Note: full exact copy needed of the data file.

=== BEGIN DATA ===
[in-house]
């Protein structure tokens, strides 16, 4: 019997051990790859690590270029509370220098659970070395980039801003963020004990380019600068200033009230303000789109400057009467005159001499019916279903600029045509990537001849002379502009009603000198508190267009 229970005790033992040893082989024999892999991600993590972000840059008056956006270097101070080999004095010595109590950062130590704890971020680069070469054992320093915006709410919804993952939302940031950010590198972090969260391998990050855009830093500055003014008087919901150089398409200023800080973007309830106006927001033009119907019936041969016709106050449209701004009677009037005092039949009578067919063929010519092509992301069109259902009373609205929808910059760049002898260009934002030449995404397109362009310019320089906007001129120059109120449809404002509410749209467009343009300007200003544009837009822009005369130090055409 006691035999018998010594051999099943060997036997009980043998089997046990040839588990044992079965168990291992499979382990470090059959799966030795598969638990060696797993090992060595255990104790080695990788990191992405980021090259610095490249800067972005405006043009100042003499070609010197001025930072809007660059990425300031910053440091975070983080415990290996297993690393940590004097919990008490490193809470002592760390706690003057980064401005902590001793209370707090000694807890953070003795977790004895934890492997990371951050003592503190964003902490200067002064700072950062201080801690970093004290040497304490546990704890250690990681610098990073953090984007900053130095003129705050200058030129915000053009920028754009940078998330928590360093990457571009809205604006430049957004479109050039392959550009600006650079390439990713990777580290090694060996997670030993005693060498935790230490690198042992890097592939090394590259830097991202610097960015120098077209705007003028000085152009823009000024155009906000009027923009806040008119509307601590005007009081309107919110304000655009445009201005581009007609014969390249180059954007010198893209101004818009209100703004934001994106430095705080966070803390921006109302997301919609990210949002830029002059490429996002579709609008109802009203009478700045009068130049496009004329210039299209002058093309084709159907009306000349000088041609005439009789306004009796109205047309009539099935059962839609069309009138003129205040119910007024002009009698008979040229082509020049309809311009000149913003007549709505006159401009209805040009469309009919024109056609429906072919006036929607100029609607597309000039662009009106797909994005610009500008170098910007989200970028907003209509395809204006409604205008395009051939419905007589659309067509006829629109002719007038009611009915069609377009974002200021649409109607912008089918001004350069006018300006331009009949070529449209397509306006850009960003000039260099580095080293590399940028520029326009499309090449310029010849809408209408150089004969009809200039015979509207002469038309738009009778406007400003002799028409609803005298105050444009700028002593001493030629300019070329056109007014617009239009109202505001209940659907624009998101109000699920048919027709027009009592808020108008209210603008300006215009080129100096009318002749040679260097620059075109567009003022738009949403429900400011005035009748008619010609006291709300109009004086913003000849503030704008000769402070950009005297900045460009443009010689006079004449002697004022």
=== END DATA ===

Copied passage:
[in-house]
């Protein structure tokens, strides 16, 4: 019997051990790859690590270029509370220098659970070395980039801003963020004990380019600068200033009230303000789109400057009467005159001499019916279903600029045509990537001849002379502009009603000198508190267009 229970005790033992040893082989024999892999991600993590972000840059008056956006270097101070080999004095010595109590950062130590704890971020680069070469054992320093915006709410919804993952939302940031950010590198972090969260391998990050855009830093500055003014008087919901150089398409200023800080973007309830106006927001033009119907019936041969016709106050449209701004009677009037005092039949009578067919063929010519092509992301069109259902009373609205929808910059760049002898260009934002030449995404397109362009310019320089906007001129120059109120449809404002509410749209467009343009300007200003544009837009822009005369130090055409 006691035999018998010594051999099943060997036997009980043998089997046990040839588990044992079965168990291992499979382990470090059959799966030795598969638990060696797993090992060595255990104790080695990788990191992405980021090259610095490249800067972005405006043009100042003499070609010197001025930072809007660059990425300031910053440091975070983080415990290996297993690393940590004097919990008490490193809470002592760390706690003057980064401005902590001793209370707090000694807890953070003795977790004895934890492997990371951050003592503190964003902490200067002064700072950062201080801690970093004290040497304490546990704890250690990681610098990073953090984007900053130095003129705050200058030129915000053009920028754009940078998330928590360093990457571009809205604006430049957004479109050039392959550009600006650079390439990713990777580290090694060996997670030993005693060498935790230490690198042992890097592939090394590259830097991202610097960015120098077209705007003028000085152009823009000024155009906000009027923009806040008119509307601590005007009081309107919110304000655009445009201005581009007609014969390249180059954007010198893209101004818009209100703004934001994106430095705080966070803390921006109302997301919609990210949002830029002059490429996002579709609008109802009203009478700045009068130049496009004329210039299209002058093309084709159907009306000349000088041609005439009789306004009796109205047309009539099935059962839609069309009138003129205040119910007024002009009698008979040229082509020049309809311009000149913003007549709505006159401009209805040009469309009919024109056609429906072919006036929607100029609607597309000039662009009106797909994005610009500008170098910007989200970028907003209509395809204006409604205008395009051939419905007589659309067509006829629109002719007038009611009915069609377009974002200021649409109607912008089918001004350069006018300006331009009949070529449209397509306006850009960003000039260099580095080293590399940028520029326009499309090449310029010849809408209408150089004969009809200039015979509207002469038309738009009778406007400003002799028409609803005298105050444009700028002593001493030629300019070329056109007014617009239009109202505001209940659907624009998101109000699920048919027709027009009592808020108008209210603008300006215009080129100096009318002749040679260097620059075109567009003022738009949403429900400011005035009748008619010609006291709300109009004086913003000849503030704008000769402070950009005297900045460009443009010689006079004449002697004022």